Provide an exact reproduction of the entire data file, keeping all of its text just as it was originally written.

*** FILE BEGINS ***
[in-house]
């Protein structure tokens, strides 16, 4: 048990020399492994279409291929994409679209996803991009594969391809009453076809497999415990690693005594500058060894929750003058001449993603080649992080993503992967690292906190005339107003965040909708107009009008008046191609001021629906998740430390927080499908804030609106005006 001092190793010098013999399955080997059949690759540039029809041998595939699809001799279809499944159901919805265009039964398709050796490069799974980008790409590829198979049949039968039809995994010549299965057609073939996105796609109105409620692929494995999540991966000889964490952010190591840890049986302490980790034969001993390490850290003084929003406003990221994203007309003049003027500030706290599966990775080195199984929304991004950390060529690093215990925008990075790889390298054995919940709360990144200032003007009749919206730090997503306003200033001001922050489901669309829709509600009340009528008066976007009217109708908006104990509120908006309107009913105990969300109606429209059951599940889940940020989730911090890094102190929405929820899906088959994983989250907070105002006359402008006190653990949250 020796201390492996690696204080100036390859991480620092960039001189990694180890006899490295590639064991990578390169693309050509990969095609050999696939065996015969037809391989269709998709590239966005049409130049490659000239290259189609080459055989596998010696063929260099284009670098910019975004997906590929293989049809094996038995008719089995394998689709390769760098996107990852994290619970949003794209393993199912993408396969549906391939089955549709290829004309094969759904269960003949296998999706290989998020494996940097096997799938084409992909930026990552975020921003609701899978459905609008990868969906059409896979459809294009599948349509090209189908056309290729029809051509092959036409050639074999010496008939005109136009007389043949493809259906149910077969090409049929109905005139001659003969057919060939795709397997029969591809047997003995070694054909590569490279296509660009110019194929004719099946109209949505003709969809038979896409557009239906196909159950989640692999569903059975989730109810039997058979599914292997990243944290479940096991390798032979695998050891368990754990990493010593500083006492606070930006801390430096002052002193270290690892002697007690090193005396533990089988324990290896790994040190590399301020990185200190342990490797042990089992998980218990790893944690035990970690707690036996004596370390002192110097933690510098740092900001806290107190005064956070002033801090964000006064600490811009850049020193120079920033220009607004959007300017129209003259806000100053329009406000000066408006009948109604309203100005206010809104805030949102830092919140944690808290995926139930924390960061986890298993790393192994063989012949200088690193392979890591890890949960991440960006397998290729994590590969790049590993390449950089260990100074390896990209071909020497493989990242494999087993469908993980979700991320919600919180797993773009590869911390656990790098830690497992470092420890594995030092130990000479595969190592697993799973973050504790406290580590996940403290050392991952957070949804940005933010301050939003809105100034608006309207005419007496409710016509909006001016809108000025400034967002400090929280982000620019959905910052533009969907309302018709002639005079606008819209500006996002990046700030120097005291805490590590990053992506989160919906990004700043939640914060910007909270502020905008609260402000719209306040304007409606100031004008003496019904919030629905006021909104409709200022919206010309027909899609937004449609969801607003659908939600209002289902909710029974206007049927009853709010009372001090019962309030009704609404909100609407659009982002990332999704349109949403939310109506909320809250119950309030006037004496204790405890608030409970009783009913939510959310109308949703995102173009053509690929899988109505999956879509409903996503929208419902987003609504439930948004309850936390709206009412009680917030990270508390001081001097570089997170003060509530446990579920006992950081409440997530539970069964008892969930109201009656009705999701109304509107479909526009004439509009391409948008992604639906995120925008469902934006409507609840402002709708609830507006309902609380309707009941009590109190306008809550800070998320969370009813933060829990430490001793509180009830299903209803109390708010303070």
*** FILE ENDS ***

[in-house]
């Protein structure tokens, strides 16, 4: 048990020399492994279409291929994409679209996803991009594969391809009453076809497999415990690693005594500058060894929750003058001449993603080649992080993503992967690292906190005339107003965040909708107009009008008046191609001021629906998740430390927080499908804030609106005006 001092190793010098013999399955080997059949690759540039029809041998595939699809001799279809499944159901919805265009039964398709050796490069799974980008790409590829198979049949039968039809995994010549299965057609073939996105796609109105409620692929494995999540991966000889964490952010190591840890049986302490980790034969001993390490850290003084929003406003990221994203007309003049003027500030706290599966990775080195199984929304991004950390060529690093215990925008990075790889390298054995919940709360990144200032003007009749919206730090997503306003200033001001922050489901669309829709509600009340009528008066976007009217109708908006104990509120908006309107009913105990969300109606429209059951599940889940940020989730911090890094102190929405929820899906088959994983989250907070105002006359402008006190653990949250 020796201390492996690696204080100036390859991480620092960039001189990694180890006899490295590639064991990578390169693309050509990969095609050999696939065996015969037809391989269709998709590239966005049409130049490659000239290259189609080459055989596998010696063929260099284009670098910019975004997906590929293989049809094996038995008719089995394998689709390769760098996107990852994290619970949003794209393993199912993408396969549906391939089955549709290829004309094969759904269960003949296998999706290989998020494996940097096997799938084409992909930026990552975020921003609701899978459905609008990868969906059409896979459809294009599948349509090209189908056309290729029809051509092959036409050639074999010496008939005109136009007389043949493809259906149910077969090409049929109905005139001659003969057919060939795709397997029969591809047997003995070694054909590569490279296509660009110019194929004719099946109209949505003709969809038979896409557009239906196909159950989640692999569903059975989730109810039997058979599914292997990243944290479940096991390798032979695998050891368990754990990493010593500083006492606070930006801390430096002052002193270290690892002697007690090193005396533990089988324990290896790994040190590399301020990185200190342990490797042990089992998980218990790893944690035990970690707690036996004596370390002192110097933690510098740092900001806290107190005064956070002033801090964000006064600490811009850049020193120079920033220009607004959007300017129209003259806000100053329009406000000066408006009948109604309203100005206010809104805030949102830092919140944690808290995926139930924390960061986890298993790393192994063989012949200088690193392979890591890890949960991440960006397998290729994590590969790049590993390449950089260990100074390896990209071909020497493989990242494999087993469908993980979700991320919600919180797993773009590869911390656990790098830690497992470092420890594995030092130990000479595969190592697993799973973050504790406290580590996940403290050392991952957070949804940005933010301050939003809105100034608006309207005419007496409710016509909006001016809108000025400034967002400090929280982000620019959905910052533009969907309302018709002639005079606008819209500006996002990046700030120097005291805490590590990053992506989160919906990004700043939640914060910007909270502020905008609260402000719209306040304007409606100031004008003496019904919030629905006021909104409709200022919206010309027909899609937004449609969801607003659908939600209002289902909710029974206007049927009853709010009372001090019962309030009704609404909100609407659009982002990332999704349109949403939310109506909320809250119950309030006037004496204790405890608030409970009783009913939510959310109308949703995102173009053509690929899988109505999956879509409903996503929208419902987003609504439930948004309850936390709206009412009680917030990270508390001081001097570089997170003060509530446990579920006992950081409440997530539970069964008892969930109201009656009705999701109304509107479909526009004439509009391409948008992604639906995120925008469902934006409507609840402002709708609830507006309902609380309707009941009590109190306008809550800070998320969370009813933060829990430490001793509180009830299903209803109390708010303070």